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Recommended Solicitors

Discussion in 'Egypt property' started by putneypj, Jul 15, 2008.

  1. putneypj

    putneypj New Member

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    Hi,
    I have bought a studio on Paradise gardens in Sahl Hasheesh. I've been sent the contracts through but need a decent reputable solicitor to look over it. Any ideas on cost and also any recommendations? Thanks so much.
    Paul.
     
  2. Lsab

    Lsab New Member

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    I've realised that we have a lot of recommended solicitors throughout various threads but it might be an idea to bring them all together. So if anyone would like to recommend their solicitor perhaps you could do so here. Why would you recommend them? What are their fees? On which development are you purchasing!

    Thanks
    Linda
     
  3. Lsab

    Lsab New Member

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    Hi Paul - as you can see I've started a new thread that will hopefully start to get some replies to your question :)
     
  4. NeilHollingsworth

    NeilHollingsworth New Member

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  5. SuziQ2708

    SuziQ2708 Guest

    Although we're at the early stages of our purchase, I can recommend Zeiad. He is the resident lawyer on this forum, time permitting, offers free advise for all and has kept us informed. At times information or responses do seem a little slow and need some prompting, but then I do feel this is the 'norm' where solicitors are concerned. This said, I don't doubt Zeiad knows his stuff and takes his clients security seriously. We are purchasing a 2 bedroom villa apartment at the Oasis Marina development. Zeiad charged us £500 GBP which is payable up front. Our PoA was performed in the UK with minimal inconvenience and forwarded to Zeiad in Sharm el Sheikh, this cost us just under £200 (but our Notary public charge was excessive and we've since found could be much cheaper). :)
     
  6. putneypj

    putneypj New Member

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    Thank you for advice so far

    Thank you to the three of you who have replied so far. I emailed about four English based solicitors and one Egyptian solicitor so far. I had read some bad reviews about the Egyptian solicitor and so decided not to use him. I read very many good views about Mr Zeiad Yehia, and so i have just emailed him to see what he says. Thanks once again. Any more advice from anyone would be great, i'll also update once i've made progress. Thank you
     
  7. SuziQ2708

    SuziQ2708 Guest

    You're very welcome PJ and hope all goes well with your purchase :)
     
  8. dave99

    dave99 New Member

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    Why do you need a solicitor for contract

    Why do you need a solicitor for contract.

    The terms should be clear and if you need a legal person to "interpret" then this is not a good start.

    Key things are the penalties on you for cancellation / late payment, and the reverse if the building is not ready on time, plus a list of what is included in what you are buying , plus a payment schedule.

    PM me if you need an informed view of the contract before paying for a lawyer.

    Have you asked if the seller he will allow any contract changes yet. If not then wahtever your lawyer tells you is a bit pointless (having spent the money to find out).

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  9. Riccal

    Riccal New Member

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    Lawyer needed at contract stage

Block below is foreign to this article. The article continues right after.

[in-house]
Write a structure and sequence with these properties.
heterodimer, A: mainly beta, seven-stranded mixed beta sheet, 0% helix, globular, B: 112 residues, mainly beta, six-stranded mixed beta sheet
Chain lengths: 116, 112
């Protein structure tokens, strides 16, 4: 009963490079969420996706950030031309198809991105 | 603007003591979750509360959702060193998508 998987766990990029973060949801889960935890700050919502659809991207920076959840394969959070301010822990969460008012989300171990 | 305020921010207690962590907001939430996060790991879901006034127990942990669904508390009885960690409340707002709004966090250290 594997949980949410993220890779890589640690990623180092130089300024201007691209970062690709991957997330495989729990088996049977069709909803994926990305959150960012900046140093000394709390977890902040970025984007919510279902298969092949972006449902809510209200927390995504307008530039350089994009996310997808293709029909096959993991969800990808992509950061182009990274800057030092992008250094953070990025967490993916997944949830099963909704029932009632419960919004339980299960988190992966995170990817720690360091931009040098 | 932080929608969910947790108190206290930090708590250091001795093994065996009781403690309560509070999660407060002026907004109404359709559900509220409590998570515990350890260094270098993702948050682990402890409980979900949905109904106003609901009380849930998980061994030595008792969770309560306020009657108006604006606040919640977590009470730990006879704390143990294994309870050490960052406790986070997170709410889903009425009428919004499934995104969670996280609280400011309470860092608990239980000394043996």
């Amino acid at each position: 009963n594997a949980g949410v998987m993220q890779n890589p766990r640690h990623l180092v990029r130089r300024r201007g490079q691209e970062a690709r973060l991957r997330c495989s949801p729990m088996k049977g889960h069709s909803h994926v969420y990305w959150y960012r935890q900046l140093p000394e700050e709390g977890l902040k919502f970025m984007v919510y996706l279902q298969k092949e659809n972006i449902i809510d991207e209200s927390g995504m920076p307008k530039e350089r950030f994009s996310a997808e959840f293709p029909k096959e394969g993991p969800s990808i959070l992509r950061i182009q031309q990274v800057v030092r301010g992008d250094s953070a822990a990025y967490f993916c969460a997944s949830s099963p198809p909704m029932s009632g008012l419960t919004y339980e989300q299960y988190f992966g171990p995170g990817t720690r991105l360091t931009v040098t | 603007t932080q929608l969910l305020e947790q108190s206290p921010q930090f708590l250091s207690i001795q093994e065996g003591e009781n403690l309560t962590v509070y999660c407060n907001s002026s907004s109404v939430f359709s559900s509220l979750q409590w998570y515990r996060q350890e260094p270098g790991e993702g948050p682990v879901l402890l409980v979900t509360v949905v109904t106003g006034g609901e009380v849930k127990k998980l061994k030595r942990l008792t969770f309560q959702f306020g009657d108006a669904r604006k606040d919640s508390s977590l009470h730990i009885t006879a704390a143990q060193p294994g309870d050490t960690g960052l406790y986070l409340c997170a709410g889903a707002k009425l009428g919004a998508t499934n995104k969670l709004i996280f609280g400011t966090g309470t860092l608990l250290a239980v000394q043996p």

I cant agree with you there Dave. The significant part of the contract is the Arabic version. We recommend an Egyptian solicitor to our clients who is hell on wheels with developers contracts. On quite a few occasions we have had the private purchase contract redone because the developers terms were not in accordance with Egyptian law. He hasnt yet come across any differences between the Arabic and the English translation but I am far more comfortable knowing he reads both and checks.

    In general terms I cant see recommending not using a solicitor to check a private purchase contract which commits you to paying a large amount of money now and a large amount in the future as being a sensible thing.

    I have no axe to grind about this. In fact, as a real estate marketing group, solicitors have very often made our job difficult with detail but if you get it right at the start then the solicitor can only be an aid to the client.

    Cheers

    Rick
     
  10. dave99

    dave99 New Member

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    Comment only


    Hi

    I have to say that the point about not being in accordance with Egyptian law does worry me, and it was maybe an invalid assumption on my part based on my contract.
    If the contract is with an English company, or any company where they agree that the English version will be used to resolve disputes then I'd be happier with that.
    There is another point to my reply, not made clear, in that , assuming the same contract is used for all buyers it only needs to be "verified" ONCE", not 100 times for 100 buyers, which is what I meant to add but didn't.

    We have an owners Club and the first buyer had it legally checked and then has made this information available to other buyers for free.

    My main point is that the contract should be readable and the terms acceptable for which you do not need a lawyer.

    Example:
    - if the termination clause means you lose 50% of the price - you DO NOT SIGN
    - if a late payment triggers an automatic termination - you DO NOT SIGN
    - if there is no penalty on the developer for a late finish - do not sign
    - if there is no term covering annual increases in maint charge, be very wary

    etc
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  11. Riccal

    Riccal New Member

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    Contracts

    All the above good common sense which should generally be enough but most people I deal with would still involve a lawyer.

    However, one of the points you raised opens up an issue that is being dealt with on a thread about Marsa Alam at the moment - the developer insisting that an English contract is sufficient and all the purchasers being recommended to make sure an Arabic contract is supplied.

    Where is the legislative environment here. Does it make any difference that the actual object (apartment/house) is resident under Egyptian law. Can any arbitration of a contract which is not allowable in Egypt actually be applied to the property in any meaningful way. Sure the PPC is between 2 parties who can basically argue about the clauses in the contract till they meet mutual agreement. How are any resolutions/disputes then applied in an area which doesnt recognise the contract.